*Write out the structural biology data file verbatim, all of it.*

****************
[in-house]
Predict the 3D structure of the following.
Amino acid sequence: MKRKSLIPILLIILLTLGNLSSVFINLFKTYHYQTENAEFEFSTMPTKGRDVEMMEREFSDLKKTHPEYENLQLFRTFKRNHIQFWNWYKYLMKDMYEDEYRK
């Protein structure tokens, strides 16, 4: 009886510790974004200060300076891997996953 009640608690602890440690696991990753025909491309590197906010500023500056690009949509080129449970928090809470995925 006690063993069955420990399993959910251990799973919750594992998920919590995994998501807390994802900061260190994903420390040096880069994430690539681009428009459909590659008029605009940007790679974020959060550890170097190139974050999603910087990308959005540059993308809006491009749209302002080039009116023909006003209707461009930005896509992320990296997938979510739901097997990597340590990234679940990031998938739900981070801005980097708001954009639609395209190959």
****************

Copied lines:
[in-house]
Predict the 3D structure of the following.
Amino acid sequence: MKRKSLIPILLIILLTLGNLSSVFINLFKTYHYQTENAEFEFSTMPTKGRDVEMMEREFSDLKKTHPEYENLQLFRTFKRNHIQFWNWYKYLMKDMYEDEYRK
């Protein structure tokens, strides 16, 4: 009886510790974004200060300076891997996953 009640608690602890440690696991990753025909491309590197906010500023500056690009949509080129449970928090809470995925 006690063993069955420990399993959910251990799973919750594992998920919590995994998501807390994802900061260190994903420390040096880069994430690539681009428009459909590659008029605009940007790679974020959060550890170097190139974050999603910087990308959005540059993308809006491009749209302002080039009116023909006003209707461009930005896509992320990296997938979510739901097997990597340590990234679940990031998938739900981070801005980097708001954009639609395209190959």